A third-party integrator is usually responsible for coordinating the provision of mobile content to the customers, the charging of customers via the appropriate method and the subsequent distribution of the proceeds among the telecom provider and content creator.

This model allows customers to make electronic payments without the use of a bank account. The PSSA does not require an agent (the third-party integrator) acting for the person to whom the payment is due to be authorised.

Mobile Banking

Mobile banking services can be provided by any bank which is appropriately regulated, has a physical presence in India and offers a service allowing customers to use any branch of the bank. The relevant regulations are the 2011 Mobile Banking Transactions in India – Operative Guidelines for Banks (the Mobile Banking Guidelines) and other related guidelines, including the 1998 Guidelines on Risks and Controls in Computers and Telecommunications. Mobile banking systems must be authorised by the RBI under the PSSA.

The Mobile Banking Guidelines do not allow cross-border transactions to take place via mobile banking systems. They also require that the banking system should not be tied to any particular mobile network.

The RBI’s future plans

A new proposal for an electronic payments regime was announced by the RBI in November 2014. The proposal is for ‘payment banks’ to be introduced, which would offer a number of banking services including payments and transfers through branches and ATMs, internet banking, ATM and debit cards, pre-paid instruments such as mobile wallets, cross-border transfers, bill payments and deposits. A ‘payment bank’ will not be permitted to offer lending services.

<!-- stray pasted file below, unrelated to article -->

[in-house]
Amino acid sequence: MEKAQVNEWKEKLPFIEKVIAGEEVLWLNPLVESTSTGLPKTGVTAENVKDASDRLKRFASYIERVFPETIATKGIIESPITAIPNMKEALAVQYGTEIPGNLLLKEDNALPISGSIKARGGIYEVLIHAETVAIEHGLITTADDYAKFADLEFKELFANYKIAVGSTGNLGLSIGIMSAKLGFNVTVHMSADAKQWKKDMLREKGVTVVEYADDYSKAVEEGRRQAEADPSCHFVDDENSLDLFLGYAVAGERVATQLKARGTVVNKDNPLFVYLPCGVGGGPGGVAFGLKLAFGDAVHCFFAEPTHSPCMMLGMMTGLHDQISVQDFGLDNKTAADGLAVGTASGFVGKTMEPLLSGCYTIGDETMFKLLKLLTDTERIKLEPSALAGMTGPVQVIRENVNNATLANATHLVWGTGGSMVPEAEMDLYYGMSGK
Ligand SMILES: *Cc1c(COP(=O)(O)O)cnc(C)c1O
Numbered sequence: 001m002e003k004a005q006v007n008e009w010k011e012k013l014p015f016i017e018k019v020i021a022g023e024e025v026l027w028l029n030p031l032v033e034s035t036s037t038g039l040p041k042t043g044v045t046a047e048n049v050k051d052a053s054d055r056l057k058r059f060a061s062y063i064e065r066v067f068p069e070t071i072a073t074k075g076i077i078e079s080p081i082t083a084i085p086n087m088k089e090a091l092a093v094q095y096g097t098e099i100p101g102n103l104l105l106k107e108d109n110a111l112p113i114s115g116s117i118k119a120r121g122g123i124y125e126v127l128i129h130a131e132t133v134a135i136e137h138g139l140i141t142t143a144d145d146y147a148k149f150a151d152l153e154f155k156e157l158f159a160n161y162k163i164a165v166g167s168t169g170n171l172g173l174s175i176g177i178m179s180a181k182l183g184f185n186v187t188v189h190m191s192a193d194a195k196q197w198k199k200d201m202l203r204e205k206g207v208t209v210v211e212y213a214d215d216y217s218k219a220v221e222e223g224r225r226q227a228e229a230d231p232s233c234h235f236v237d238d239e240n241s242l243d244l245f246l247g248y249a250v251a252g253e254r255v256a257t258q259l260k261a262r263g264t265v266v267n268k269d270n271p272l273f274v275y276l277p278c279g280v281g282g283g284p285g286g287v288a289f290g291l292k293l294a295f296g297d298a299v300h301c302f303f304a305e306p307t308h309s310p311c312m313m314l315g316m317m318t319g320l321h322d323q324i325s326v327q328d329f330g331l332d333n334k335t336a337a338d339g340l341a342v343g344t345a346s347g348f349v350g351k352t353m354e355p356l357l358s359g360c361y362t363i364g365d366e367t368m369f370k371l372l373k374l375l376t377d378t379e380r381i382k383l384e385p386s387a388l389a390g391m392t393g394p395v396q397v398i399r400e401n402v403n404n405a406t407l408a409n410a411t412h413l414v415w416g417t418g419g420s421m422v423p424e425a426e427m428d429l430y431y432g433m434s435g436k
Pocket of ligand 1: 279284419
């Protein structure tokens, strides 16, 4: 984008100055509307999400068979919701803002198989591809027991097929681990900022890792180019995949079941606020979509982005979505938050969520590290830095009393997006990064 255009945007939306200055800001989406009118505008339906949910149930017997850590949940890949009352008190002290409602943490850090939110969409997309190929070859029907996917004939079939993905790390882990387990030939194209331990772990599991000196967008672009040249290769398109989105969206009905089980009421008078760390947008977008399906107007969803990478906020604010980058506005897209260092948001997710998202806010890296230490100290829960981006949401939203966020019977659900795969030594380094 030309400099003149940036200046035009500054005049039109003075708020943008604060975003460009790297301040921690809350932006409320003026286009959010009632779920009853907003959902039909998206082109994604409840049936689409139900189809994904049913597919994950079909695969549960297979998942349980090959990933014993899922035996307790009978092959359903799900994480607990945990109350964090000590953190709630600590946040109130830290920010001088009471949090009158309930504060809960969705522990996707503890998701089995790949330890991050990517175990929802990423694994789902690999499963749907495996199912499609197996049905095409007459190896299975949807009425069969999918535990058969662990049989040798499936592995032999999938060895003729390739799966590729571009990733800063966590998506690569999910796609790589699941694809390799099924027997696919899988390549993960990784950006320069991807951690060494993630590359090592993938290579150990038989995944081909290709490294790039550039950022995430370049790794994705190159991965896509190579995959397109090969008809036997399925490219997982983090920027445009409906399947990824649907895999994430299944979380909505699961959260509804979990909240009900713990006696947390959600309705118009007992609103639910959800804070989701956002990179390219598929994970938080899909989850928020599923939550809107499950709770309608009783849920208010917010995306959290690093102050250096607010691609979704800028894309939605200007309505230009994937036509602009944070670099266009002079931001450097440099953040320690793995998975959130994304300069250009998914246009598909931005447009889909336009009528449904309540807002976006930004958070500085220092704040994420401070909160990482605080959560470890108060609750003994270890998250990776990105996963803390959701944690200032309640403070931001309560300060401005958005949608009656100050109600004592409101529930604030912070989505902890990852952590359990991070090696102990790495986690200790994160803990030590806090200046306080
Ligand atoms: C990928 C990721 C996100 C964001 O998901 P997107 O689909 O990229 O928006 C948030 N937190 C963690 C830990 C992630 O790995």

The aim of this proposal is to allow India’s unbanked access to banking services. Mobile phone operators are likely to be the principal businesses to make use of this new regime, as it will allow them to offer full-service mobile banking services to customers without bank accounts.

However, operators will need to give careful consideration to the regulations with which they will need to comply. Under the Guidelines for Licensing of Payment Banks, payment banks must ring fence their payment activities from all other operations being undertaken by setting up a new group company. The new group company must have paid-up capital of at least INR 1,000,000,000 (ie over £10 million). The aggregate foreign investment permitted to be made in a payment bank will be limited to 74%, in line with the equivalent shareholding limit in private sector banks.


Mobile payments technology is becoming an increasingly important means of providing the unbanked population of India, and other developing countries, with access to financial services for the first time.

To encourage growth, the RBI will need to ensure that the developing regulatory framework takes account of the concerns of companies in this sector and balances regulation and innovation so that they can exist in harmony. For example, the restrictions on foreign investments will mean that many overseas mobile phone operators will be discouraged from investing in the Indian mobile payments market. The limited number of activities which payment banks can undertake may also affect the commercial viability of offering these services. It remains to be seen whether these issues will need to be reviewed when future regulations are drafted.

The potential for growth is clear. However, it is apparent from the above that careful consideration is needed to ensure the right product is marketed in India (or any other developing country) and that the infrastructure is, or can be made, available to successfully execute it.

Ben Trust is a Partner in the Dispute Resolution Group and head of Payments at Nabarro LLP

Sophie Papaevripides is an Associate in the Dispute Resolution Group at Nabarro LLP